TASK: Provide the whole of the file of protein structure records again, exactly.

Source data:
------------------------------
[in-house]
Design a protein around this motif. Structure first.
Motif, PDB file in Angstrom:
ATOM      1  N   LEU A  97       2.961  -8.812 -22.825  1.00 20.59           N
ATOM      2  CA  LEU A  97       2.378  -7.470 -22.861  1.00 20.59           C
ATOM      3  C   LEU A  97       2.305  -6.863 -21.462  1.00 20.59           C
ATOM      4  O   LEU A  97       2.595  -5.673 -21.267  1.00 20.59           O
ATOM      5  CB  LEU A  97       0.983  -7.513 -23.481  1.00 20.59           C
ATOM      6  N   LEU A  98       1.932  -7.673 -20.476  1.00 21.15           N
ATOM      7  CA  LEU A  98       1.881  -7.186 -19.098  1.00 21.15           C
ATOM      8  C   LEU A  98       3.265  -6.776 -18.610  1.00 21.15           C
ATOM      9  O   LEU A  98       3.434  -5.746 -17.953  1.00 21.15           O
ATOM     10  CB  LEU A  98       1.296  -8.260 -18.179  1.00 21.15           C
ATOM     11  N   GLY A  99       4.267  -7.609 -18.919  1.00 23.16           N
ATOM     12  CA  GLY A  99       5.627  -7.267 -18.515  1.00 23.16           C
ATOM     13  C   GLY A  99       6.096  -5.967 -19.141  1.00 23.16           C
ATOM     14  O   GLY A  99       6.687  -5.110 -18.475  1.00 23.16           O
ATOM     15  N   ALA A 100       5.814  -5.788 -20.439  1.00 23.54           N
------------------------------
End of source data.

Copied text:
[in-house]
Design a protein around this motif. Structure first.
Motif, PDB file in Angstrom:
ATOM      1  N   LEU A  97       2.961  -8.812 -22.825  1.00 20.59           N
ATOM      2  CA  LEU A  97       2.378  -7.470 -22.861  1.00 20.59           C
ATOM      3  C   LEU A  97       2.305  -6.863 -21.462  1.00 20.59           C
ATOM      4  O   LEU A  97       2.595  -5.673 -21.267  1.00 20.59           O
ATOM      5  CB  LEU A  97       0.983  -7.513 -23.481  1.00 20.59           C
ATOM      6  N   LEU A  98       1.932  -7.673 -20.476  1.00 21.15           N
ATOM      7  CA  LEU A  98       1.881  -7.186 -19.098  1.00 21.15           C
ATOM      8  C   LEU A  98       3.265  -6.776 -18.610  1.00 21.15           C
ATOM      9  O   LEU A  98       3.434  -5.746 -17.953  1.00 21.15           O
ATOM     10  CB  LEU A  98       1.296  -8.260 -18.179  1.00 21.15           C
ATOM     11  N   GLY A  99       4.267  -7.609 -18.919  1.00 23.16           N
ATOM     12  CA  GLY A  99       5.627  -7.267 -18.515  1.00 23.16           C
ATOM     13  C   GLY A  99       6.096  -5.967 -19.141  1.00 23.16           C
ATOM     14  O   GLY A  99       6.687  -5.110 -18.475  1.00 23.16           O
ATOM     15  N   ALA A 100       5.814  -5.788 -20.439  1.00 23.54           N